Federal programs, institutions, and the private sector are increasing microgrid development and deployment. The number of successfully deployed microgrids will verify the benefits and decrease implementation risks further expanding the market for microgrids.
The Energy Department has a comprehensive portfolio of activities that focuses on the development and implementation of microgrids to further improve reliability and resiliency of the grid, help communities better prepare for future weather events, and keep the nation moving toward a clean energy future.
- Microgrid research and development (R&D) to advance foundational science and technology were defined jointly with stakeholder groups during two workshops held in 2011 and 2012. OE’s microgrid program goals are to develop commercial scale microgrid systems (capacity of less than 10 MW) capable of reducing outage time of required loads by more than 98% at a cost comparable to non-integrated baseline solutions while reducing emissions by more than 20% and improving system energy efficiencies by more than 20% by 2020.
- Key R&D activities undertaken by the Department’s National Laboratories are in two focus areas:
- Planning and design, addressing system architecture, monitoring and analysis, and system design; and
- Operations and control, addressing steady-state control and coordination, transient-state control and protection, and operational optimization.
- The Distributed Energy Resources Customer Adoption Model (DER-CAM) is an economic and environmental model that has been in development at Lawrence Berkeley National Laboratory (LBNL) since 2000. The model’s objective is to minimize the cost of operating on-site generation and combined heat and power systems. Using state-of-the-art optimization techniques, DER-CAM assesses distributed energy resources and loads in microgrids, finding the optimal combination of generation and storage equipment to minimize energy costs and/or CO2 emissions at a given site, while also considering strategies such as load-shifting and demand-response. DER-CAM can also be used for dispatching DER, on day-ahead to week-ahead schedules, based on load and weather forecasting. Its strength derives from the flexibility to optimize over a wide range of parameters, from net-zero energy requirements to financial incentives and subsidies for specific technologies to local utility tariffs. The goal is to broaden its use for the development of resilient microgrids that reduce energy costs and CO2 emissions during normal operations, as well as maintaining power delivery during extended outages over a range of potential grid events with durations as brief as a few minutes or as long as several days or weeks. For more information, visit the LBNL Microgrids News and Events website.
- Industry partnerships for commercial viability and to meet community-defined resiliency objectives. A funding opportunity announcement (FOA No. DE-FOA-0000997) awarded more than $8 million in September 2014 to develop and test microgrid system designs with advanced controllers for technical feasibility and economic performance in meeting the Energy Department’s program targets and the resiliency objectives of the communities.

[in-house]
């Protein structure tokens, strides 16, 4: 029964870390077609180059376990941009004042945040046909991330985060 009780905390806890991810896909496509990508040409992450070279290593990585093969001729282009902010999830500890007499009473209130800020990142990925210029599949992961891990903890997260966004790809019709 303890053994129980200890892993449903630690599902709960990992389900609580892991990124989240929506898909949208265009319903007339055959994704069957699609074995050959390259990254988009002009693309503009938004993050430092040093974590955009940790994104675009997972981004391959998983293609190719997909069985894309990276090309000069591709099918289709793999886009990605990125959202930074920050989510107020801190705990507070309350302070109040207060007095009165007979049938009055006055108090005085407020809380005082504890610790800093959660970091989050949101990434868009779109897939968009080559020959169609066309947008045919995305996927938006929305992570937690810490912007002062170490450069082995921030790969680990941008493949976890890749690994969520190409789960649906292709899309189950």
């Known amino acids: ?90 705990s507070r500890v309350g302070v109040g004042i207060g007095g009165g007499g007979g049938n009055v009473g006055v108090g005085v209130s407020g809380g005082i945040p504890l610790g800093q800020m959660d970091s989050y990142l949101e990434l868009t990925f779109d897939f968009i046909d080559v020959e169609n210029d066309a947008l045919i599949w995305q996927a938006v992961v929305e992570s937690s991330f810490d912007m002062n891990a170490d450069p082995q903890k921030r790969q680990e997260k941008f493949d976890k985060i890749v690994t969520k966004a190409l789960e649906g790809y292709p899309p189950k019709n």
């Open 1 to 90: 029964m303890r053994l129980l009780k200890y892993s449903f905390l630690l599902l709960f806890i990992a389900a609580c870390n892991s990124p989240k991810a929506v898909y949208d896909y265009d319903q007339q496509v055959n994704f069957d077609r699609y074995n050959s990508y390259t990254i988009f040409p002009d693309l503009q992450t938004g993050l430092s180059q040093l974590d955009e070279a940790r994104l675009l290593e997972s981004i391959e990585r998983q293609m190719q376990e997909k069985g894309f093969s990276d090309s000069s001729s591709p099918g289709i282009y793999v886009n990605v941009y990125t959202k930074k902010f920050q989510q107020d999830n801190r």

- State and regional partnerships to support communities in microgrid planning, design, and deployment for energy assurance. The partnerships are aimed toward helping communities become more adaptive and better prepared for power outages caused by severe weather and other events.
- In June 2013, the Energy Department announced partnering with the New Jersey Board of Public Utilities, City of Hoboken, and Public Service Electric & Gas Company (PSE&G) to help assess and develop strategies for improving the reliability and resiliency of the local electric grid in Hoboken. The collaboration is helping Hoboken in its efforts to rebuild and upgrade its electricity infrastructure by delivering a strategic design that identifies priority energy needs and energy system functions for various outage durations, evaluates potential system improvements, and estimates cost.
- In August 2013, the Energy Department announced partnering with the State of New Jersey, NJ Transit, and the New Jersey Board of Public Utilities to assess NJ Transit’s energy needs and help develop a conceptual design of an advanced microgrid system. Under this partnership, the Department’s Sandia National Laboratories are assisting NJ Transit in its efforts to enhance the reliability and resiliency of electricity used for its rail and system operations.
Currently, the Energy Department is working with other states on incorporating microgrids into energy assurance planning and implementation.
- The Smart Power Infrastructure Demonstration and Energy Reliability and Security (SPIDERS) project is a Joint Capability Technology Demonstration between the Departments of Energy, Defense and Homeland Security that is focused on demonstrating a secure microgrid architecture with the ability to maintain operational surety through trusted, reliable, and resilient electric power generation and distribution on military installations. One key element of SPIDERS is standardization of the design approach, contracting, installation, security, and operation of these microgrids to support future applications. Three microgrids are being built, each with increasing capability and complexity, which will function as permanent energy systems at Department of Defense sites (Joint Base Pearl Harbor-Hickam, Fort Carson, and Camp Smith). The project will promote adoption of microgrid technology for the Department of Defense through implementation of the Energy Surety Microgrid™ design process that focuses on:
- Energy reliability for critical missions
- High readiness and immediately deployable technologies
- Cybersecurity for the control systems